Stronger commodity prices ease need for rate cut

Staff Reporter

Australia’s industrial commodity prices are on the rise, giving the Reserve Bank less reason to cut the official cash rate when the board meets next month.

According to HSBC chief economist Paul Bloxham, prices of Australia’s two key commodity exports have risen strongly in the past two months, after having fallen sharply in the third and fourth quarters of last year.

“Iron ore prices are up around US$145 per tonne, from their low point of just under US$90 per tonne in early September,” Mr Bloxham said.

“Steel-making coal prices have risen by around 20 per cent from their Q3 level. Base metal prices have also risen in recent weeks. The fall in commodity prices last year weakened Australian income growth significantly, with nominal economic growth slowing to 2.2 per cent, from 5.5 per cent in 2011. The recent bounce in commodity prices should support a pick-up in income growth this year and may obviate the need for further rate cuts.”

Yet only yesterday, the Real Estate Institute of Australia (REIA) said recent inflation numbers gave the Reserve Bank room to cut rates on February 6.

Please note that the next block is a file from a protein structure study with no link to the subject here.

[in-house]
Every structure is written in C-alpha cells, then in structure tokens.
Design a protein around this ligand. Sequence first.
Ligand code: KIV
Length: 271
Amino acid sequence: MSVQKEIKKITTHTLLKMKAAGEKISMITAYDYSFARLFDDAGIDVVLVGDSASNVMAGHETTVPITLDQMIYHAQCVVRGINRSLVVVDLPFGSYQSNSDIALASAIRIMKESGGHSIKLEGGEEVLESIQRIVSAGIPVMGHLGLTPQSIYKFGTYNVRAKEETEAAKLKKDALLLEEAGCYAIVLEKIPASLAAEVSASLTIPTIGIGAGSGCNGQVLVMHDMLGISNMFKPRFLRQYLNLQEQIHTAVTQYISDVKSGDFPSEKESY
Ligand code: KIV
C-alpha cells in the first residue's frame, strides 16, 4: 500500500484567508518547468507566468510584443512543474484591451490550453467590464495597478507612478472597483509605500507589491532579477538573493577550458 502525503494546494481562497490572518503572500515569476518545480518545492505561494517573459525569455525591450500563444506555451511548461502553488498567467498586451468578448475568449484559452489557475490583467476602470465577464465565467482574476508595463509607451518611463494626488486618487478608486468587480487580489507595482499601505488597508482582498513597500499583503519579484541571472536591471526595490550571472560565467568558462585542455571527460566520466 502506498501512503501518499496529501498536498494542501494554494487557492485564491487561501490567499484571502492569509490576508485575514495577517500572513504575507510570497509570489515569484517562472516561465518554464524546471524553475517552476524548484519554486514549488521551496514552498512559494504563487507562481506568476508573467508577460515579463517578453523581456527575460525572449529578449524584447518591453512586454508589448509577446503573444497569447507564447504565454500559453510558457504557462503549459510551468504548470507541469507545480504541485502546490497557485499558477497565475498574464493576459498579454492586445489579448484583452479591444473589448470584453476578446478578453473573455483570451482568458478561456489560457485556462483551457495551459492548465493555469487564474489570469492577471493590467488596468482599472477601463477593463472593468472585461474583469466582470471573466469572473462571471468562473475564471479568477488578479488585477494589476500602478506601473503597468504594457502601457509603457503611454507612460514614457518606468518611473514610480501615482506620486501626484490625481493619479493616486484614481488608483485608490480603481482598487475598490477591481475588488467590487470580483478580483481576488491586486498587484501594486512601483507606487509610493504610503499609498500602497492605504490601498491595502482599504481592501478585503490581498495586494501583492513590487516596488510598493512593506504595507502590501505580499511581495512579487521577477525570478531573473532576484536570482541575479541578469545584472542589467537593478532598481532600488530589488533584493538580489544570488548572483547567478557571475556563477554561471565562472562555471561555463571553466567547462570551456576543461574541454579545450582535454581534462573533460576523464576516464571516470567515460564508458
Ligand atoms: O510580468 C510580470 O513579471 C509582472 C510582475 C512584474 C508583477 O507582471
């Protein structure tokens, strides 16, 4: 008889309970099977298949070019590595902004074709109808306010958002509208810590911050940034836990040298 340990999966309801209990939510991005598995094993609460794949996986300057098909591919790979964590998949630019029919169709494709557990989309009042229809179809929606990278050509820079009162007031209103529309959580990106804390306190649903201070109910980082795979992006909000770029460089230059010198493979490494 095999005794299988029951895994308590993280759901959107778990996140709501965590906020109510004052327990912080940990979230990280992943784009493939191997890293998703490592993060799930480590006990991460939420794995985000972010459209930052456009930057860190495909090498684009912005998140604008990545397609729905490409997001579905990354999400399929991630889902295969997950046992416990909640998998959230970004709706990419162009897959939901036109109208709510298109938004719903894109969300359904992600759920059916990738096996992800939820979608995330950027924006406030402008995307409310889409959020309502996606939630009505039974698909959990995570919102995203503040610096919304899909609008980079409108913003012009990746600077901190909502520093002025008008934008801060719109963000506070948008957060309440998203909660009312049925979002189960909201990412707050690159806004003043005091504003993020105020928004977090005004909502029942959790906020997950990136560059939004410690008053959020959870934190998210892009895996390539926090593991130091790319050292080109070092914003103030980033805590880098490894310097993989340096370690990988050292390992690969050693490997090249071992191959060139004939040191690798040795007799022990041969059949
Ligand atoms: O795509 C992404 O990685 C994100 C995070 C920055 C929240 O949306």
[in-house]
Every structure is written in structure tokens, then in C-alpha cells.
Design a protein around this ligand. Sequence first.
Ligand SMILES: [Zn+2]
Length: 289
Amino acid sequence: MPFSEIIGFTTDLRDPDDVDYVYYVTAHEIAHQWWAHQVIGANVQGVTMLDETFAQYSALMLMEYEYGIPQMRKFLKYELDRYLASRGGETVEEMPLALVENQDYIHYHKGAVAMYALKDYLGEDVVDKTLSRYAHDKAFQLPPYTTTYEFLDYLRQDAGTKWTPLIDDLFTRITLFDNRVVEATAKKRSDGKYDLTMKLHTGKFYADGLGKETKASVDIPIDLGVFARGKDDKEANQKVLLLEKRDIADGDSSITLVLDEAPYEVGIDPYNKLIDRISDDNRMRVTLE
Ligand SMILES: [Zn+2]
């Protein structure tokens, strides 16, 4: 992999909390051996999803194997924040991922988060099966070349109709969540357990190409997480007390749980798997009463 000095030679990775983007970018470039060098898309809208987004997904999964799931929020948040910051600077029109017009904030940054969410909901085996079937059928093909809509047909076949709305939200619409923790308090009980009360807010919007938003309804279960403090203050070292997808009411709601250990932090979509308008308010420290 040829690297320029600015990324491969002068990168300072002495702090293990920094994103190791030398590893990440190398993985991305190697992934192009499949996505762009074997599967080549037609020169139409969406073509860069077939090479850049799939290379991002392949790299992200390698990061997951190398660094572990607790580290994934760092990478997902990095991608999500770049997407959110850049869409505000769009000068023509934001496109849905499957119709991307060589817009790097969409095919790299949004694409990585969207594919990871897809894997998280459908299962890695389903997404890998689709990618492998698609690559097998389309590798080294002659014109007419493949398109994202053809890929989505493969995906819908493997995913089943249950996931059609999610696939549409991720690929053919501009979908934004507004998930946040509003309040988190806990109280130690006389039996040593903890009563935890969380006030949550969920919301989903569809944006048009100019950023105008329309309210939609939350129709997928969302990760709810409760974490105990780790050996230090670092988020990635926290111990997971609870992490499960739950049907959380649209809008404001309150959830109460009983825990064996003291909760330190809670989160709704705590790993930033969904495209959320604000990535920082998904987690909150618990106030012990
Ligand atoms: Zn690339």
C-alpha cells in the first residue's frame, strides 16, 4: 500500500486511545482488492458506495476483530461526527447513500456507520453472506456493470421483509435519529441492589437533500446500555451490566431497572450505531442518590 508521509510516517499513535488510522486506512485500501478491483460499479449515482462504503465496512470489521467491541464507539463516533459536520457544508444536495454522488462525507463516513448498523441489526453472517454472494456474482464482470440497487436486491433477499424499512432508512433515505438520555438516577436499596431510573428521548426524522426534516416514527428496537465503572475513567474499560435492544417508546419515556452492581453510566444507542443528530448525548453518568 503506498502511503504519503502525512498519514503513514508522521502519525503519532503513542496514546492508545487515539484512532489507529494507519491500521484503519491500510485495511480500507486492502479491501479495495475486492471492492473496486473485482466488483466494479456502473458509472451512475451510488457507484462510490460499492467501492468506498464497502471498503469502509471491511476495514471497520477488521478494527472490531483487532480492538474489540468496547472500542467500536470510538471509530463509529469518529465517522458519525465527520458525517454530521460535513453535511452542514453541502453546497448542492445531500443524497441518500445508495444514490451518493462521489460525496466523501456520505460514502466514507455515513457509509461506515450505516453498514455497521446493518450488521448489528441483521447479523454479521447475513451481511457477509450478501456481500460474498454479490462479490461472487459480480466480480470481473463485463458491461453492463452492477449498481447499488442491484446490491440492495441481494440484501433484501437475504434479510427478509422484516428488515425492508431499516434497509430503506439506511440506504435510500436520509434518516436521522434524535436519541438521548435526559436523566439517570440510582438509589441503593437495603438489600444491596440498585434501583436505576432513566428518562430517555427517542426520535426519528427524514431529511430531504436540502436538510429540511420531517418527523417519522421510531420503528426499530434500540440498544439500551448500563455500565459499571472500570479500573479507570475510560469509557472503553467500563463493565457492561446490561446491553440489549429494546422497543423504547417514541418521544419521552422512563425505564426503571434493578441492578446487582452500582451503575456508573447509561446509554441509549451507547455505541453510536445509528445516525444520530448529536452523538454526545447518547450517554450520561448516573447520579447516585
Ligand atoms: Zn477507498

According to HSBC, China is the largest single consumer of a large range of commodities and is thus the key driver of marginal demand and prices for many commodities, particularly industrial commodities.

China consumes over half of globally produced iron ore, just under half of the world’s coal and 30 to 40 per cent of the world’s production of base metals.

As a result, China consumes the bulk of the commodities that Australia exports.

Staff Reporter

Australia’s industrial commodity prices are on the rise, giving the Reserve Bank less reason to cut the official cash rate when the board meets next month.

According to HSBC chief economist Paul Bloxham, prices of Australia’s two key commodity exports have risen strongly in the past two months, after having fallen sharply in the third and fourth quarters of last year.

“Iron ore prices are up around US$145 per tonne, from their low point of just under US$90 per tonne in early September,” Mr Bloxham said.

“Steel-making coal prices have risen by around 20 per cent from their Q3 level. Base metal prices have also risen in recent weeks. The fall in commodity prices last year weakened Australian income growth significantly, with nominal economic growth slowing to 2.2 per cent, from 5.5 per cent in 2011. The recent bounce in commodity prices should support a pick-up in income growth this year and may obviate the need for further rate cuts.”

Yet only yesterday, the Real Estate Institute of Australia (REIA) said recent inflation numbers gave the Reserve Bank room to cut rates on February 6.

According to HSBC, China is the largest single consumer of a large range of commodities and is thus the key driver of marginal demand and prices for many commodities, particularly industrial commodities.

China consumes over half of globally produced iron ore, just under half of the world’s coal and 30 to 40 per cent of the world’s production of base metals.

As a result, China consumes the bulk of the commodities that Australia exports.

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